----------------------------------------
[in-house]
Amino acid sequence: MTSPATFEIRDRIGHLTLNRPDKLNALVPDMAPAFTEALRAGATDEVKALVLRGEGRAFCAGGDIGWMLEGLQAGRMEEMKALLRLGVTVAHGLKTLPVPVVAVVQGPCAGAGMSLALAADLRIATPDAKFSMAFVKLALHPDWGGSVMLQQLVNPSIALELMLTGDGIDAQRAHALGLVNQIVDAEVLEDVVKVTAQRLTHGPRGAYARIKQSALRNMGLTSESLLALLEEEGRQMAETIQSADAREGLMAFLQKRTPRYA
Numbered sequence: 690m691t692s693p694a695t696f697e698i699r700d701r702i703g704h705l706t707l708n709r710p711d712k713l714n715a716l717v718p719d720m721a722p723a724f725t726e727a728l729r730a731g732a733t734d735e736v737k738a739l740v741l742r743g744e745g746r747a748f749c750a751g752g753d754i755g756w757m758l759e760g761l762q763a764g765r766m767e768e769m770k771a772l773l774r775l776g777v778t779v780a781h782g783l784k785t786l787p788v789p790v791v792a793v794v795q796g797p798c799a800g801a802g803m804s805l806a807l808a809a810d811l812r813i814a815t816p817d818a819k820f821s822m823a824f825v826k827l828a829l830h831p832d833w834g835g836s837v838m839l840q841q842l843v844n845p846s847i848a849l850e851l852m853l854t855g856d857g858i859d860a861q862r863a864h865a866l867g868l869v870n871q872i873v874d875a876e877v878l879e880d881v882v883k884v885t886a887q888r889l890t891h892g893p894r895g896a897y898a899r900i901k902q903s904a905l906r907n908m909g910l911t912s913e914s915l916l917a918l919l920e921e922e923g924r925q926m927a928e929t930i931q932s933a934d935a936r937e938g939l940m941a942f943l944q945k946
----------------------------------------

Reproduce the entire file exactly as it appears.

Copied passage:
[in-house]
Amino acid sequence: MTSPATFEIRDRIGHLTLNRPDKLNALVPDMAPAFTEALRAGATDEVKALVLRGEGRAFCAGGDIGWMLEGLQAGRMEEMKALLRLGVTVAHGLKTLPVPVVAVVQGPCAGAGMSLALAADLRIATPDAKFSMAFVKLALHPDWGGSVMLQQLVNPSIALELMLTGDGIDAQRAHALGLVNQIVDAEVLEDVVKVTAQRLTHGPRGAYARIKQSALRNMGLTSESLLALLEEEGRQMAETIQSADAREGLMAFLQKRTPRYA
Numbered sequence: 690m691t692s693p694a695t696f697e698i699r700d701r702i703g704h705l706t707l708n709r710p711d712k713l714n715a716l717v718p719d720m721a722p723a724f725t726e727a728l729r730a731g732a733t734d735e736v737k738a739l740v741l742r743g744e745g746r747a748f749c750a751g752g753d754i755g756w757m758l759e760g761l762q763a764g765r766m767e768e769m770k771a772l773l774r775l776g777v778t779v780a781h782g783l784k785t786l787p788v789p790v791v792a793v794v795q796g797p798c799a800g801a802g803m804s805l806a807l808a809a810d811l812r813i814a815t816p817d818a819k820f821s822m823a824f825v826k827l828a829l830h831p832d833w834g835g836s837v838m839l840q841q842l843v844n845p846s847i848a849l850e851l852m853l854t855g856d857g858i859d860a861q862r863a864h865a866l867g868l869v870n871q872i873v874d875a876e877v878l879e880d881v882v883k884v885t886a887q888r889l890t891h892g893p894r895g896a897y898a899r900i901k902q903s904a905l906r907n908m909g910l911t912s913e914s915l916l917a918l919l920e921e922e923g924r925q926m927a928e929t930i931q932s933a934d935a936r937e938g939l940m941a942f943l944q945k946